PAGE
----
General practitioners (GPs) manage the majority of patients with chronic low back pain (LBP) in the Republic of Ireland's health system; however, little is known about their attitudes and beliefs, and how these influence their practice behavior. This study aimed to determine the attitudes and beliefs of GPs regarding chronic LBP, the factors that influence these, and their impact on the management of patients with chronic LBP.
A cross-sectional questionnaire survey of a random sample of GPs (n=750) was undertaken. The questionnaire pack contained a demographic questionnaire, an attitudes measure (the Pain Attitudes and Beliefs Scale, which measured “biomedical” and “biopsychosocial” orientations), and 2 LBP clinical vignettes.
The response rate was 57% (n=432). Doctor-related factors (use of LBP clinical guidelines, number of years qualified) had a statistically significant impact on biomedical scores, that is, those who used guidelines, and were qualified a shorter time had significantly lower biomedical scores (P<0.05); however, they had a limited impact on the consultation outcomes. No doctor-related factor impacted on the biopsychosocial score, and only sex impacted on the consultation outcome, that is, female GPs referred patients more frequently to allied health professionals.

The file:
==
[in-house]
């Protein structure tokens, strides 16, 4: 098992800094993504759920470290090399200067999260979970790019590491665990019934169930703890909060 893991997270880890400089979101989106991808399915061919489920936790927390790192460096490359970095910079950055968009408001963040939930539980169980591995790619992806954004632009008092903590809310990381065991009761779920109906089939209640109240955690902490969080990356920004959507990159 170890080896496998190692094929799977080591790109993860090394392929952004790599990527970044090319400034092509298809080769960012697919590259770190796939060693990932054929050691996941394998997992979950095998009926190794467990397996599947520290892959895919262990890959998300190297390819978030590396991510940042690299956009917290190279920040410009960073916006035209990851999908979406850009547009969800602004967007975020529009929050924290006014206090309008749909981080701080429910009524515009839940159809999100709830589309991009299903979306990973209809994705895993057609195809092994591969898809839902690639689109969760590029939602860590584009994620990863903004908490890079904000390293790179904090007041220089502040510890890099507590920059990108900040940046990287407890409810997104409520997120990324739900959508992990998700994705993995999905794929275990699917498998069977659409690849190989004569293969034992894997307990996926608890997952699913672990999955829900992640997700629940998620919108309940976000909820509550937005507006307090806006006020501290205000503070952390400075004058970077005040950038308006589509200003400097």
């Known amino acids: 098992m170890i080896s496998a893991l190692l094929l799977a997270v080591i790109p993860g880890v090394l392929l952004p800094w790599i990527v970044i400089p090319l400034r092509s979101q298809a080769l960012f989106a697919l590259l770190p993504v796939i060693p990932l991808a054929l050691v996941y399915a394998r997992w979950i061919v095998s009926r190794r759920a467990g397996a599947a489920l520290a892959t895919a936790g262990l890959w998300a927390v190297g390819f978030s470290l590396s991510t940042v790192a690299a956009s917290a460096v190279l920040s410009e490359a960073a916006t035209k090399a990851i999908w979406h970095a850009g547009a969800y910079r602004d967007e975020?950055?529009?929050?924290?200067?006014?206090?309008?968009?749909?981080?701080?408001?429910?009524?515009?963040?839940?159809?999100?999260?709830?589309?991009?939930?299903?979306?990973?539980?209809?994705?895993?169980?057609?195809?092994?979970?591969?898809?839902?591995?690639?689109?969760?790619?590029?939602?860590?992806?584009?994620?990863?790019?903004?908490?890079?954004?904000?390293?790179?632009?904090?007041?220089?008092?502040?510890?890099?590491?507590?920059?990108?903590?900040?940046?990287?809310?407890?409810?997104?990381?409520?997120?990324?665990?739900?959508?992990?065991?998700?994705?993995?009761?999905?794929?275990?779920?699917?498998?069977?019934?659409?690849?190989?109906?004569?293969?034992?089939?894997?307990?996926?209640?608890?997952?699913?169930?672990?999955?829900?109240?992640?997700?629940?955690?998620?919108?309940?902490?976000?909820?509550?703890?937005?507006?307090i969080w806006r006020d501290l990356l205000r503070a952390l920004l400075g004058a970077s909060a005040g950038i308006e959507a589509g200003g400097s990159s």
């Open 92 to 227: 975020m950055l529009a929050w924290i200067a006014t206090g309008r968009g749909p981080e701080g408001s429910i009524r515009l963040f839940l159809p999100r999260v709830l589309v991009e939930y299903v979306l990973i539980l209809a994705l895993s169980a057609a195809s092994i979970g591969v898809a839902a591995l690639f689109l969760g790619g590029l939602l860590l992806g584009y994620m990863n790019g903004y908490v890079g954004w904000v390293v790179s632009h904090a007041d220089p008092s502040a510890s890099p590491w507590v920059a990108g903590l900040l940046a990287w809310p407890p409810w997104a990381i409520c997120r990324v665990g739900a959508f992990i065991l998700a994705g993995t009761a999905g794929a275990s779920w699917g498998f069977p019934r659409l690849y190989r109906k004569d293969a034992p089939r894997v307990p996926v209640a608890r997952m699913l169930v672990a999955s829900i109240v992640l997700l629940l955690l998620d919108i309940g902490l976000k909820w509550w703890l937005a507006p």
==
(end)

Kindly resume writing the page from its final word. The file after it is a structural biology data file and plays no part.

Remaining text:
The current results show partial adherence to current LBP guidelines: GPs manage patients within a biomedical framework, and postgraduate education is not significantly impacting on chronic LBP management. GPs' beliefs do not correlate with their management, which only reflects partial adherence to LBP guideline recommendations. Further research is needed to explore the role of patient factors in the consultation outcomes.